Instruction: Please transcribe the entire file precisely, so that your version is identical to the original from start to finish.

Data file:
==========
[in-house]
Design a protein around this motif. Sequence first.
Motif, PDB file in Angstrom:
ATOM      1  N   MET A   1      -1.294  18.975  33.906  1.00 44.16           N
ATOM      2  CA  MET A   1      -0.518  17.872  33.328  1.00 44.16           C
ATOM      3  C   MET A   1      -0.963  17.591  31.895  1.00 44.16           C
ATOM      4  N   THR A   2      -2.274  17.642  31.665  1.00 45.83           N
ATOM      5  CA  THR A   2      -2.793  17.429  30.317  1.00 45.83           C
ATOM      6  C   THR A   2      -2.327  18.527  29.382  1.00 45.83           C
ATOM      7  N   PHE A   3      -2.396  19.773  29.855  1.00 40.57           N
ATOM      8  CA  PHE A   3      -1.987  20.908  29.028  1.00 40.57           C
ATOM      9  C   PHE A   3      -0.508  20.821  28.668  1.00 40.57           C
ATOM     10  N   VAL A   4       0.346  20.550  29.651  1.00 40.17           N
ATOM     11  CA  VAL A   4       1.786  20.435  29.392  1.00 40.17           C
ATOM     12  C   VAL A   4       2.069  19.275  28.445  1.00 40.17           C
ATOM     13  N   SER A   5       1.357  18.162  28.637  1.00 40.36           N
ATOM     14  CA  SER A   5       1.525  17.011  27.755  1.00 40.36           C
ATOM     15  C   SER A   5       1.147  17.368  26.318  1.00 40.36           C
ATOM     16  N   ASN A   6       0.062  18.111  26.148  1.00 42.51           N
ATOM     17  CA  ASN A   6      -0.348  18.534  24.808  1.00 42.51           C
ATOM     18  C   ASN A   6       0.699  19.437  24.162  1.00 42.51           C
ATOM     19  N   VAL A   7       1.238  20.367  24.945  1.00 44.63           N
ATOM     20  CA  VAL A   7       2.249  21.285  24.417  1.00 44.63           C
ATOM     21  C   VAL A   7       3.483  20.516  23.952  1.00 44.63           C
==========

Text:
[in-house]
Design a protein around this motif. Sequence first.
Motif, PDB file in Angstrom:
ATOM      1  N   MET A   1      -1.294  18.975  33.906  1.00 44.16           N
ATOM      2  CA  MET A   1      -0.518  17.872  33.328  1.00 44.16           C
ATOM      3  C   MET A   1      -0.963  17.591  31.895  1.00 44.16           C
ATOM      4  N   THR A   2      -2.274  17.642  31.665  1.00 45.83           N
ATOM      5  CA  THR A   2      -2.793  17.429  30.317  1.00 45.83           C
ATOM      6  C   THR A   2      -2.327  18.527  29.382  1.00 45.83           C
ATOM      7  N   PHE A   3      -2.396  19.773  29.855  1.00 40.57           N
ATOM      8  CA  PHE A   3      -1.987  20.908  29.028  1.00 40.57           C
ATOM      9  C   PHE A   3      -0.508  20.821  28.668  1.00 40.57           C
ATOM     10  N   VAL A   4       0.346  20.550  29.651  1.00 40.17           N
ATOM     11  CA  VAL A   4       1.786  20.435  29.392  1.00 40.17           C
ATOM     12  C   VAL A   4       2.069  19.275  28.445  1.00 40.17           C
ATOM     13  N   SER A   5       1.357  18.162  28.637  1.00 40.36           N
ATOM     14  CA  SER A   5       1.525  17.011  27.755  1.00 40.36           C
ATOM     15  C   SER A   5       1.147  17.368  26.318  1.00 40.36           C
ATOM     16  N   ASN A   6       0.062  18.111  26.148  1.00 42.51           N
ATOM     17  CA  ASN A   6      -0.348  18.534  24.808  1.00 42.51           C
ATOM     18  C   ASN A   6       0.699  19.437  24.162  1.00 42.51           C
ATOM     19  N   VAL A   7       1.238  20.367  24.945  1.00 44.63           N
ATOM     20  CA  VAL A   7       2.249  21.285  24.417  1.00 44.63           C
ATOM     21  C   VAL A   7       3.483  20.516  23.952  1.00 44.63           C